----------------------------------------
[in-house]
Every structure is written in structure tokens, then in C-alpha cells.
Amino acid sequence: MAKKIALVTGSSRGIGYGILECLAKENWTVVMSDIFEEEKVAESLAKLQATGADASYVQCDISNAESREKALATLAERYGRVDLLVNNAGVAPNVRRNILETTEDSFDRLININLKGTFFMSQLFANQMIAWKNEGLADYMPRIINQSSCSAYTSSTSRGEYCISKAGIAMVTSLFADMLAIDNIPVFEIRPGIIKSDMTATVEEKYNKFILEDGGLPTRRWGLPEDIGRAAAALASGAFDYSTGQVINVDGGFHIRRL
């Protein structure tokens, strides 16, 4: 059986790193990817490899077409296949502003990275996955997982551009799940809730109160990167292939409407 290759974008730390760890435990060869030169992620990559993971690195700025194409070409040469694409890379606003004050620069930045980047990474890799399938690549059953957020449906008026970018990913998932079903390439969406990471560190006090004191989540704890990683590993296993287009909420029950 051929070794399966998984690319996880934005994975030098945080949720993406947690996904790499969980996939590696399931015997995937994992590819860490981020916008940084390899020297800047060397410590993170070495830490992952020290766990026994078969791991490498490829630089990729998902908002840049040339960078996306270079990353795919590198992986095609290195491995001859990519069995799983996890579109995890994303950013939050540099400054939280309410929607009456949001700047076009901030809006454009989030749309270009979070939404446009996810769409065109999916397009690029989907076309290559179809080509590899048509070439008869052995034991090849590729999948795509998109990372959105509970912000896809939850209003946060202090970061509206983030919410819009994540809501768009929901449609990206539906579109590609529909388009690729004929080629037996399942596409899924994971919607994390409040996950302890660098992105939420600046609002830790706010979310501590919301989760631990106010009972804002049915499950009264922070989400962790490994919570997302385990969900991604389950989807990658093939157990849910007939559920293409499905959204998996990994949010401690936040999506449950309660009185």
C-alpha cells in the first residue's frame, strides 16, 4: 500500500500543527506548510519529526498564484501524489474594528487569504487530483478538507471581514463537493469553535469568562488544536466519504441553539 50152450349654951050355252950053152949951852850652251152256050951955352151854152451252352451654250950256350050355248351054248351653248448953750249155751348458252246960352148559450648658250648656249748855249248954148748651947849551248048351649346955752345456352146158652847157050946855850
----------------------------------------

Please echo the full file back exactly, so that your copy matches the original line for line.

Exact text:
[in-house]
Every structure is written in structure tokens, then in C-alpha cells.
Amino acid sequence: MAKKIALVTGSSRGIGYGILECLAKENWTVVMSDIFEEEKVAESLAKLQATGADASYVQCDISNAESREKALATLAERYGRVDLLVNNAGVAPNVRRNILETTEDSFDRLININLKGTFFMSQLFANQMIAWKNEGLADYMPRIINQSSCSAYTSSTSRGEYCISKAGIAMVTSLFADMLAIDNIPVFEIRPGIIKSDMTATVEEKYNKFILEDGGLPTRRWGLPEDIGRAAAALASGAFDYSTGQVINVDGGFHIRRL
């Protein structure tokens, strides 16, 4: 059986790193990817490899077409296949502003990275996955997982551009799940809730109160990167292939409407 290759974008730390760890435990060869030169992620990559993971690195700025194409070409040469694409890379606003004050620069930045980047990474890799399938690549059953957020449906008026970018990913998932079903390439969406990471560190006090004191989540704890990683590993296993287009909420029950 051929070794399966998984690319996880934005994975030098945080949720993406947690996904790499969980996939590696399931015997995937994992590819860490981020916008940084390899020297800047060397410590993170070495830490992952020290766990026994078969791991490498490829630089990729998902908002840049040339960078996306270079990353795919590198992986095609290195491995001859990519069995799983996890579109995890994303950013939050540099400054939280309410929607009456949001700047076009901030809006454009989030749309270009979070939404446009996810769409065109999916397009690029989907076309290559179809080509590899048509070439008869052995034991090849590729999948795509998109990372959105509970912000896809939850209003946060202090970061509206983030919410819009994540809501768009929901449609990206539906579109590609529909388009690729004929080629037996399942596409899924994971919607994390409040996950302890660098992105939420600046609002830790706010979310501590919301989760631990106010009972804002049915499950009264922070989400962790490994919570997302385990969900991604389950989807990658093939157990849910007939559920293409499905959204998996990994949010401690936040999506449950309660009185």
C-alpha cells in the first residue's frame, strides 16, 4: 500500500500543527506548510519529526498564484501524489474594528487569504487530483478538507471581514463537493469553535469568562488544536466519504441553539 50152450349654951050355252950053152949951852850652251152256050951955352151854152451252352451654250950256350050355248351054248351653248448953750249155751348458252246960352148559450648658250648656249748855249248954148748651947849551248048351649346955752345456352146158652847157050946855850